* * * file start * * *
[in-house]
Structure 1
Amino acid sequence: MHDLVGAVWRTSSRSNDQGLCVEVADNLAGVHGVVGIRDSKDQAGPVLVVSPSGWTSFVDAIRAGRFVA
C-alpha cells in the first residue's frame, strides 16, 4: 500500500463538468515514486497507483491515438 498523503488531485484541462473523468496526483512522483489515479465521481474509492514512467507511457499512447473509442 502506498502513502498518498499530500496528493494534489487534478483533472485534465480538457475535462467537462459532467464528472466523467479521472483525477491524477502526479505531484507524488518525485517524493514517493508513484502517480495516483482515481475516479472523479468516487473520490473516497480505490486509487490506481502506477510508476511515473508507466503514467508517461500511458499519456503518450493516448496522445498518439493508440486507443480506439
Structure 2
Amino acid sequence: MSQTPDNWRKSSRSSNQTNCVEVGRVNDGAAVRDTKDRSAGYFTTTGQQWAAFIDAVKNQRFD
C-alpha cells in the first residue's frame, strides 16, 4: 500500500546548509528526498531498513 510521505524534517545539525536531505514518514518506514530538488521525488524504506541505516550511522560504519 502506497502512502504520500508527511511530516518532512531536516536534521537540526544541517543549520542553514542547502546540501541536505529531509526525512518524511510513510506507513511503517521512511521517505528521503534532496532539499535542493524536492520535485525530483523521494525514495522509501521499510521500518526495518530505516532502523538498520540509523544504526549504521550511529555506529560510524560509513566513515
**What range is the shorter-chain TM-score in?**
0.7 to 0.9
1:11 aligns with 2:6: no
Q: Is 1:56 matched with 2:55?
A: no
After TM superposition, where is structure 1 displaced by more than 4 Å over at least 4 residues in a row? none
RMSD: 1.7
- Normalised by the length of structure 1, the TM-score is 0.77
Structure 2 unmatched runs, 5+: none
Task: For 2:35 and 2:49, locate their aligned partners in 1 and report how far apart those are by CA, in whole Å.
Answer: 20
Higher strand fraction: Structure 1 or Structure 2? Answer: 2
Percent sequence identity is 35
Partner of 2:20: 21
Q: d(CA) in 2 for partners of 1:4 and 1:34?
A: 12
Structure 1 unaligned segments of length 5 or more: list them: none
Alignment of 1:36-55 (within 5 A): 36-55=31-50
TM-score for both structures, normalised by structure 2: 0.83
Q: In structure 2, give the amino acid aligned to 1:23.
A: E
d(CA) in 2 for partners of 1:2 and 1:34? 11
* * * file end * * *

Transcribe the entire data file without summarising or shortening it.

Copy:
[in-house]
Structure 1
Amino acid sequence: MHDLVGAVWRTSSRSNDQGLCVEVADNLAGVHGVVGIRDSKDQAGPVLVVSPSGWTSFVDAIRAGRFVA
C-alpha cells in the first residue's frame, strides 16, 4: 500500500463538468515514486497507483491515438 498523503488531485484541462473523468496526483512522483489515479465521481474509492514512467507511457499512447473509442 502506498502513502498518498499530500496528493494534489487534478483533472485534465480538457475535462467537462459532467464528472466523467479521472483525477491524477502526479505531484507524488518525485517524493514517493508513484502517480495516483482515481475516479472523479468516487473520490473516497480505490486509487490506481502506477510508476511515473508507466503514467508517461500511458499519456503518450493516448496522445498518439493508440486507443480506439
Structure 2
Amino acid sequence: MSQTPDNWRKSSRSSNQTNCVEVGRVNDGAAVRDTKDRSAGYFTTTGQQWAAFIDAVKNQRFD
C-alpha cells in the first residue's frame, strides 16, 4: 500500500546548509528526498531498513 510521505524534517545539525536531505514518514518506514530538488521525488524504506541505516550511522560504519 502506497502512502504520500508527511511530516518532512531536516536534521537540526544541517543549520542553514542547502546540501541536505529531509526525512518524511510513510506507513511503517521512511521517505528521503534532496532539499535542493524536492520535485525530483523521494525514495522509501521499510521500518526495518530505516532502523538498520540509523544504526549504521550511529555506529560510524560509513566513515
**What range is the shorter-chain TM-score in?**
0.7 to 0.9
1:11 aligns with 2:6: no
Q: Is 1:56 matched with 2:55?
A: no
After TM superposition, where is structure 1 displaced by more than 4 Å over at least 4 residues in a row? none
RMSD: 1.7
- Normalised by the length of structure 1, the TM-score is 0.77
Structure 2 unmatched runs, 5+: none
Task: For 2:35 and 2:49, locate their aligned partners in 1 and report how far apart those are by CA, in whole Å.
Answer: 20
Higher strand fraction: Structure 1 or Structure 2? Answer: 2
Percent sequence identity is 35
Partner of 2:20: 21
Q: d(CA) in 2 for partners of 1:4 and 1:34?
A: 12
Structure 1 unaligned segments of length 5 or more: list them: none
Alignment of 1:36-55 (within 5 A): 36-55=31-50
TM-score for both structures, normalised by structure 2: 0.83
Q: In structure 2, give the amino acid aligned to 1:23.
A: E
d(CA) in 2 for partners of 1:2 and 1:34? 11